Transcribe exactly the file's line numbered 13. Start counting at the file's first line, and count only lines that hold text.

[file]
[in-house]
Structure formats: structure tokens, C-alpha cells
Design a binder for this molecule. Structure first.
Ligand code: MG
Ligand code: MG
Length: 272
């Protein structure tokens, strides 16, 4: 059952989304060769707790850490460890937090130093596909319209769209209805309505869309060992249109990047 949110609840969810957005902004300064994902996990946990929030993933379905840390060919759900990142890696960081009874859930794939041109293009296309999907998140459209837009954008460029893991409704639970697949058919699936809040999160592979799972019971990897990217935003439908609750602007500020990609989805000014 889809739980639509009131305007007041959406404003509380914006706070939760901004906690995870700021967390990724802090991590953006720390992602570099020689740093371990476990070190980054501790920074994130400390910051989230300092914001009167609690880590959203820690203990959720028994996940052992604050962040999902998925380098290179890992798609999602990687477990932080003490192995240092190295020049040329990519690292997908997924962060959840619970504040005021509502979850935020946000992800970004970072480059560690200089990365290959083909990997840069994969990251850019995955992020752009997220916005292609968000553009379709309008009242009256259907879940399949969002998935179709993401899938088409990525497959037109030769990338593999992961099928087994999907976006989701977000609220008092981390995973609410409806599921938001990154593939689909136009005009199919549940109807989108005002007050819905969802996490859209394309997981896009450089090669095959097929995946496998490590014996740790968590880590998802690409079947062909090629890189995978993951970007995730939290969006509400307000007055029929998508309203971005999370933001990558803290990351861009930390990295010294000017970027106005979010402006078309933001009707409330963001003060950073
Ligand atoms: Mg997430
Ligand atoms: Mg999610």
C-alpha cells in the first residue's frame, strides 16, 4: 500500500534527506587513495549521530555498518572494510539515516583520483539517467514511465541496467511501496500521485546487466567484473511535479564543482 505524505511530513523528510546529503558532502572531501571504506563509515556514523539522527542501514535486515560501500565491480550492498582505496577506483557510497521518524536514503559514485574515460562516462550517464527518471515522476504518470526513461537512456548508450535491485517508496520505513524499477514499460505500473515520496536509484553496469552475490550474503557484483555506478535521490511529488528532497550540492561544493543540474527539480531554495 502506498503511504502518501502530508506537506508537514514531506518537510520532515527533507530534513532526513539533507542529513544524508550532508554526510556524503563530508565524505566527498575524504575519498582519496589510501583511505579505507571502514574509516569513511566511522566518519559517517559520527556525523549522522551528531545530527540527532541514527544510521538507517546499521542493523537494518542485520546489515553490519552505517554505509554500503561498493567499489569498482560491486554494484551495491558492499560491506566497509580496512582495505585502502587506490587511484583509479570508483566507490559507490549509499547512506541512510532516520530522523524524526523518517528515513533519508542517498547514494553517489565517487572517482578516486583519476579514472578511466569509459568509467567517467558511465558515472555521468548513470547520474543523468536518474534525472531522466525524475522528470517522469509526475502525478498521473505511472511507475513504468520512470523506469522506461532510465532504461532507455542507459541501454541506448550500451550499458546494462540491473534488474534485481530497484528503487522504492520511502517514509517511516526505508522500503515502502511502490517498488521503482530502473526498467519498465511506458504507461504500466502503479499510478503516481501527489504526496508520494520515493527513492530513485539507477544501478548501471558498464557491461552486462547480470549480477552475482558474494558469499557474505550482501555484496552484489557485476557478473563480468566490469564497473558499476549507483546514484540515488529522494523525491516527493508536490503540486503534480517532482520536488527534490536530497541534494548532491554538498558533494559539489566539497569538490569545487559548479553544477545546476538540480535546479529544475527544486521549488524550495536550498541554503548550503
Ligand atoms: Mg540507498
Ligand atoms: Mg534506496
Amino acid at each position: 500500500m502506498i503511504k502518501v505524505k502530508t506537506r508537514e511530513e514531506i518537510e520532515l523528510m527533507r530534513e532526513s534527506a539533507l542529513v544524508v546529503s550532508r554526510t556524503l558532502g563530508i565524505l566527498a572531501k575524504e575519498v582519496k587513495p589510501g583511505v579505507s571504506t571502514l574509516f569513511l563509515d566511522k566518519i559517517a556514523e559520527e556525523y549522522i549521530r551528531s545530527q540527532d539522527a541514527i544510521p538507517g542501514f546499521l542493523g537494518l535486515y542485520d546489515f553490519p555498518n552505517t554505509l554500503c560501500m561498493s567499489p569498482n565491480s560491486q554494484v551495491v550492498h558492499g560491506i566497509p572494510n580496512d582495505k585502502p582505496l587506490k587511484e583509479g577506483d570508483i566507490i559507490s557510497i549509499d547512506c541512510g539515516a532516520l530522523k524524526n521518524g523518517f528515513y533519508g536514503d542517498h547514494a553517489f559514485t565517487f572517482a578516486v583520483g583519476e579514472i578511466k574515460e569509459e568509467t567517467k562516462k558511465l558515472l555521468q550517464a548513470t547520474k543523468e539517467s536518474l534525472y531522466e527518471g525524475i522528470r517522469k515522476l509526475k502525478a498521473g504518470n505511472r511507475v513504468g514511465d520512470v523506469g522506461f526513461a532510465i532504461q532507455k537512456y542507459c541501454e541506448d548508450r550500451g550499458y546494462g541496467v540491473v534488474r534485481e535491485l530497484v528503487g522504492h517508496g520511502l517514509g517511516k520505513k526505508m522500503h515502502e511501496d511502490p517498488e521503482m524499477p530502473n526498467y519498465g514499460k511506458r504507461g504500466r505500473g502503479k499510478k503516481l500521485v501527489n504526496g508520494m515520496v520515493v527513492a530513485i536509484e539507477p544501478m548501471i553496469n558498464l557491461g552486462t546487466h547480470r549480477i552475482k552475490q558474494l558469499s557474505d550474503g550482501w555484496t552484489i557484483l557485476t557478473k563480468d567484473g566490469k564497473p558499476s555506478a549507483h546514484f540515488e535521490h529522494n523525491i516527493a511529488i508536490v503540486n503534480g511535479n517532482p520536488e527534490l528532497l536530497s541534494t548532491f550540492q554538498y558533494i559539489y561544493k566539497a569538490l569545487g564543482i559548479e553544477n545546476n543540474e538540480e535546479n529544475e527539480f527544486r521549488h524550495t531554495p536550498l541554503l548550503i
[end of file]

Amino acid at each position: 500500500m502506498i503511504k502518501v505524505k502530508t506537506r508537514e511530513e514531506i518537510e520532515l523528510m527533507r530534513e532526513s534527506a539533507l542529513v544524508v546529503s550532508r554526510t556524503l558532502g563530508i565524505l566527498a572531501k575524504e575519498v582519496k587513495p589510501g583511505v579505507s571504506t571502514l574509516f569513511l563509515d566511522k566518519i559517517a556514523e559520527e556525523y549522522i549521530r551528531s545530527q540527532d539522527a541514527i544510521p538507517g542501514f546499521l542493523g537494518l535486515y542485520d546489515f553490519p555498518n552505517t554505509l554500503c560501500m561498493s567499489p569498482n565491480s560491486q554494484v551495491v550492498h558492499g560491506i566497509p572494510n580496512d582495505k585502502p582505496l587506490k587511484e583509479g577506483d570508483i566507490i559507490s557510497i549509499d547512506c541512510g539515516a532516520l530522523k524524526n521518524g523518517f528515513y533519508g536514503d542517498h547514494a553517489f559514485t565517487f572517482a578516486v583520483g583519476e579514472i578511466k574515460e569509459e568509467t567517467k562516462k558511465l558515472l555521468q550517464a548513470t547520474k543523468e539517467s536518474l534525472y531522466e527518471g525524475i522528470r517522469k515522476l509526475k502525478a498521473g504518470n505511472r511507475v513504468g514511465d520512470v523506469g522506461f526513461a532510465i532504461q532507455k537512456y542507459c541501454e541506448d548508450r550500451g550499458y546494462g541496467v540491473v534488474r534485481e535491485l530497484v528503487g522504492h517508496g520511502l517514509g517511516k520505513k526505508m522500503h515502502e511501496d511502490p517498488e521503482m524499477p530502473n526498467y519498465g514499460k511506458r504507461g504500466r505500473g502503479k499510478k503516481l500521485v501527489n504526496g508520494m515520496v520515493v527513492a530513485i536509484e539507477p544501478m548501471i553496469n558498464l557491461g552486462t546487466h547480470r549480477i552475482k552475490q558474494l558469499s557474505d550474503g550482501w555484496t552484489i557484483l557485476t557478473k563480468d567484473g566490469k564497473p558499476s555506478a549507483h546514484f540515488e535521490h529522494n523525491i516527493a511529488i508536490v503540486n503534480g511535479n517532482p520536488e527534490l528532497l536530497s541534494t548532491f550540492q554538498y558533494i559539489y561544493k566539497a569538490l569545487g564543482i559548479e553544477n545546476n543540474e538540480e535546479n529544475e527539480f527544486r521549488h524550495t531554495p536550498l541554503l548550503i